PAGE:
Jenny Nix, wife of eminent child psychologist Carter Nix, becomes increasingly concerned about her husband's seemingly obsessive concern over the upbringing of their daughter. Her own ... See full summary »
Brian De Palma
In 1946, the former boxers Dwight "Bucky" Bleichert and Lee Blanchard are policemen in Los Angeles. Lee has a good relationship with his chief and uses a box fight between them to promote the department and get a raise to the police force. They succeed and are promoted to homicide detectives, working together. Bucky becomes a close friend of Lee and his girlfriend Kay Lake, forming a triangle of love. When the corpse of the aspirant actress 'Elizabeth Short (I)' is found mutilated, Lee becomes obsessed to solve the case called by the press Black Dahlia. Meanwhile, Bucky's investigation leads him to a Madeleine Linscott, the daughter of a powerful and wealthy constructor that resembles the Black Dahlia. In an environment of corruption and lies, Bucky discloses hidden truths. Written by
Claudio Carvalho, Rio de Janeiro, Brazil
In the Linscott house, before Bleichert shoots the head off the statue, he cocks his revolver twice. See more »
Ofcr. Dwight "Bucky" Bleichert:
Mr. Fire versus Mr. Ice. For everything people were making it out to be, you'd think it was our first fight. It wasn't. And it wouldn't be our last.
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De Palma's staged, theatrical style has always felt like an in-joke: an expressive homage (or sometimes a slap in the face) to the conventions of cinema. And in the case of his high- energy thrillers, the joke is funny and damned entertaining. But in the case of his dramas, De Palma constantly walks a thin line between evocative melodrama and camp (The wonderful "Carlito's Way," in my opinion, is the exception). And "The Black Dahlia" often steps over that line.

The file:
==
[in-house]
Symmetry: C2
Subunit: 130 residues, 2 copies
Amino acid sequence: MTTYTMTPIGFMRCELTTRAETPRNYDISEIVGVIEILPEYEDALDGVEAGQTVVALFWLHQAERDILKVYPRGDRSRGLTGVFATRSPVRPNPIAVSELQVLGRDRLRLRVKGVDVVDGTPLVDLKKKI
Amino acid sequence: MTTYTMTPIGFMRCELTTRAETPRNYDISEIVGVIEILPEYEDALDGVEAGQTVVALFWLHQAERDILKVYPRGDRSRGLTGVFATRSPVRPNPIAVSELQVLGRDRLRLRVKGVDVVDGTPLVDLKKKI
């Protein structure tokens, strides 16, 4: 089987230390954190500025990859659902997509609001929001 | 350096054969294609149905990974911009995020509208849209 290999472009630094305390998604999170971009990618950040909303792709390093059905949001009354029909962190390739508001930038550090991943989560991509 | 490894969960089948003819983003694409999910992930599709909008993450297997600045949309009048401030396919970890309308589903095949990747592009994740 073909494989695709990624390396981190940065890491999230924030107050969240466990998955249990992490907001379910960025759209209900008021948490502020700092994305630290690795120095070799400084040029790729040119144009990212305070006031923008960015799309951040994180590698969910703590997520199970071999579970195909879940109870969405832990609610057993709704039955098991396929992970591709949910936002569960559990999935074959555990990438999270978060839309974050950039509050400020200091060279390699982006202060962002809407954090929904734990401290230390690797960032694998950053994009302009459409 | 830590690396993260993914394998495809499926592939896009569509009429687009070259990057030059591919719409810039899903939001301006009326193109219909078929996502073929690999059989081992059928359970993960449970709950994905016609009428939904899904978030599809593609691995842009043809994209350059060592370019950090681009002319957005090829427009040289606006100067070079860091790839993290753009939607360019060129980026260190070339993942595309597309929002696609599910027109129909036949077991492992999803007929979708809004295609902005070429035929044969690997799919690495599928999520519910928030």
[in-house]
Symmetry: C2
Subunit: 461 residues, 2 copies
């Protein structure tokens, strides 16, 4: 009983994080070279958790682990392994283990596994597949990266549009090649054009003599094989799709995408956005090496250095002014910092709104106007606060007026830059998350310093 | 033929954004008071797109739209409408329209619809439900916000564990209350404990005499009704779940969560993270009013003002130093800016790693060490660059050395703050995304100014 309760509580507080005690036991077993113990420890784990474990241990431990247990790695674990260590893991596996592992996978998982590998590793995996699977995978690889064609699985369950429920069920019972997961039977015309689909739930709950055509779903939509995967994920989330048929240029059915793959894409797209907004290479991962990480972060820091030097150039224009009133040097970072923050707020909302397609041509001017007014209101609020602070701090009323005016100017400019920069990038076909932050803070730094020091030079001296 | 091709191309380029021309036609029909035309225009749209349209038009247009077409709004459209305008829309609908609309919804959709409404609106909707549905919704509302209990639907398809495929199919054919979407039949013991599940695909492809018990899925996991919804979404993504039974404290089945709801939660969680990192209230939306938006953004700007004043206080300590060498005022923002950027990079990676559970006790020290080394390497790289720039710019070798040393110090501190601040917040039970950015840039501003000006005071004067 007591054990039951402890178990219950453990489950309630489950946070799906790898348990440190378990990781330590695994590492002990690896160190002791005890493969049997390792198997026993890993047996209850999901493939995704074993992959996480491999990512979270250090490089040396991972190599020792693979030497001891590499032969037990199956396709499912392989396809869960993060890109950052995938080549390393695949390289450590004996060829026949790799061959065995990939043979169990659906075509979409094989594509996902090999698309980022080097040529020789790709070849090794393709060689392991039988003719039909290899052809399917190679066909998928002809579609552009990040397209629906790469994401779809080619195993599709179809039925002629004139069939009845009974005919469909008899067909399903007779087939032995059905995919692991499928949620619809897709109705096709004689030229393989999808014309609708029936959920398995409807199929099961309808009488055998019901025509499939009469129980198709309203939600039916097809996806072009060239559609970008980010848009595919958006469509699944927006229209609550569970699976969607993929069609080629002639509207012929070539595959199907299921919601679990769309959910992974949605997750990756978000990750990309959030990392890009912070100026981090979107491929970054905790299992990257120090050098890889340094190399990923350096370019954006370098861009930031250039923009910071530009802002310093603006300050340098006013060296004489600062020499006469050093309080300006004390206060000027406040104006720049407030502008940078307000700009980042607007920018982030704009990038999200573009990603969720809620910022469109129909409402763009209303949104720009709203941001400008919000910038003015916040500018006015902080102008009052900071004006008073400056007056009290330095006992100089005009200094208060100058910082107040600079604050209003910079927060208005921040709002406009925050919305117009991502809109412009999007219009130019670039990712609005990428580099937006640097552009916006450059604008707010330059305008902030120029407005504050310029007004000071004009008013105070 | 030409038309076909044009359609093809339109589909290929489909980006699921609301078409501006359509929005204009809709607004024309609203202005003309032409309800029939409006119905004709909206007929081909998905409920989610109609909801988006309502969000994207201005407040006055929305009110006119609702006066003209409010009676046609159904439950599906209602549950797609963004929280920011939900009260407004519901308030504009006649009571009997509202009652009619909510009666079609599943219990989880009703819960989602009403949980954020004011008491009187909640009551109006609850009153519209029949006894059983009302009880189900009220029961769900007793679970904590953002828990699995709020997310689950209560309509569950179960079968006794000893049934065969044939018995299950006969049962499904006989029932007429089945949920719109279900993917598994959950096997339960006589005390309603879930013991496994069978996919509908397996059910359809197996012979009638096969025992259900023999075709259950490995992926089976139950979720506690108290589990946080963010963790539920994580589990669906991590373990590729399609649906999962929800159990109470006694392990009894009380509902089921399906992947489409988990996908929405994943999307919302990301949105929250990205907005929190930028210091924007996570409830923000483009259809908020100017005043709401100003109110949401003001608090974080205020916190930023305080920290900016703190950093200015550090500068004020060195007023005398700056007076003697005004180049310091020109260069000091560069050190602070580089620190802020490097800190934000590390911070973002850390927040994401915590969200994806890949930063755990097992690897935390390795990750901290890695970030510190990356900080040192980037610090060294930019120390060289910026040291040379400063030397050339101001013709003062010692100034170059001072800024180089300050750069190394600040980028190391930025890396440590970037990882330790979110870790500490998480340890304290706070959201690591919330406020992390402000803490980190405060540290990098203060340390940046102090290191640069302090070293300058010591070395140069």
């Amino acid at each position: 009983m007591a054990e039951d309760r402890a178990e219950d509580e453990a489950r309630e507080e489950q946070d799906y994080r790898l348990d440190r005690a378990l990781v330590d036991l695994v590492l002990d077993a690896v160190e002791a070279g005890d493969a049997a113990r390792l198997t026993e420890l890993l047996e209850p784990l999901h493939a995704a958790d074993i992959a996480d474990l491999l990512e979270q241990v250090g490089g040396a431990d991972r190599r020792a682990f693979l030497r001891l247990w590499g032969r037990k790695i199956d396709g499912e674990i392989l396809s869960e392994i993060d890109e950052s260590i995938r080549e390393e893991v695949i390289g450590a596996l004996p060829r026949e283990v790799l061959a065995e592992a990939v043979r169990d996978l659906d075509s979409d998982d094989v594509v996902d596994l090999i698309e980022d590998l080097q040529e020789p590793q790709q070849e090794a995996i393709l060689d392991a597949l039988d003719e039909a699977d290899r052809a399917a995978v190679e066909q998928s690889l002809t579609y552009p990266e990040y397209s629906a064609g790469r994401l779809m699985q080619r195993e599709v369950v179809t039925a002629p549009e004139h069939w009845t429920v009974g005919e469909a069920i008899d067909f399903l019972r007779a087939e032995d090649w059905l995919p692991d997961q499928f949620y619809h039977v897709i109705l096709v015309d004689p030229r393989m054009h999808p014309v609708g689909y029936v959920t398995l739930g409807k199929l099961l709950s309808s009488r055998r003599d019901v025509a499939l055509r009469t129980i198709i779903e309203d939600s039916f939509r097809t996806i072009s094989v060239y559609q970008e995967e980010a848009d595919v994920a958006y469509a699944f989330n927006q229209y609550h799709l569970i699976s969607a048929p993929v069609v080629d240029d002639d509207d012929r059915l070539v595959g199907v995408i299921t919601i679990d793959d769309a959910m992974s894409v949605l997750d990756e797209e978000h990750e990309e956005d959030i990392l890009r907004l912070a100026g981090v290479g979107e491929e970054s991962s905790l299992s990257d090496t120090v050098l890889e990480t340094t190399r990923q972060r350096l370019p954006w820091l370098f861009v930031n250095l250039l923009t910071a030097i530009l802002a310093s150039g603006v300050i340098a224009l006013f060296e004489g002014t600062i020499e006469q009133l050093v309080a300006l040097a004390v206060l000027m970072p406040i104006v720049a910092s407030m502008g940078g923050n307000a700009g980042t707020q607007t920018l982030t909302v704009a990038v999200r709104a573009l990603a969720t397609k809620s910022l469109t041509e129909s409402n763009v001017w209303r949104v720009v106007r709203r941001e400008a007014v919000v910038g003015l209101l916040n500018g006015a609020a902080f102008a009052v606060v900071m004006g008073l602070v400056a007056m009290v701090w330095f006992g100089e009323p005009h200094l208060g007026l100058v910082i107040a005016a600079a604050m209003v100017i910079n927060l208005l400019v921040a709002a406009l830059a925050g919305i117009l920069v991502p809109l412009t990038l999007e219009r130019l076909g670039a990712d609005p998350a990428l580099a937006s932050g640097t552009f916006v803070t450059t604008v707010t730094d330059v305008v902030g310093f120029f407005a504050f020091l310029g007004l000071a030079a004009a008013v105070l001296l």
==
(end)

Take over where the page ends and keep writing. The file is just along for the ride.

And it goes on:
With a steady build-up of noir conventions, the film hearkens to the expressionistic film and acting styles of the 40's -- a style which can induce giggles in audiences raised on irony. And I can count a few musical swells, flamboyant acting choices and dramatic fade-outs which caused unwanted comic relief. Or did it? If there's one thing De Palma loves more than entertaining his audience, it's confounding them. How else do you explain the two-hour joke that was "Raising Cain"? (Although I, for one, found that particular joke damned funny).
You watch "Dahlia" with the distinct impression that De Palma is enjoying every minute of it. He's copying Wilder, Welles and, you guessed it, Hitchcock -- and he's having a blast doing it. So when Josh Hartnett's character pulls a full dinner setting (including the turkey) off a table and throws Scarlett Johansson down lustfully upon it, should we also smile and remember "Double Indemnity"? I guess it would help if you've seen "Double Indemnity."
That said, the film's biggest flaw is that it smiles at itself for so long that it leaves little time to wrap up the plot. The onslaught of last-reel revelations seems to exist only to give the actors more opportunity to relish in the delicious mood De Palma has created. We never really cared about the plot in the first place because De Palma didn't care about it either. He's more interested in the shadows, the thrills, the drama, the lurking killers, swelling music, lusty confrontations and blood splatters. And the plot points get lost somewhere in the mix. So who can blame us for glazing over when Hartnett finally starts to care about the mysteries rather than just being mystified by them? De Palma has painted such an odd, exciting picture (even when it turns to camp) that the audience would rather keep watching the elaborate set-ups than sit through the convoluted solutions.
But then again, what good is a joke without a satisfying punch line?
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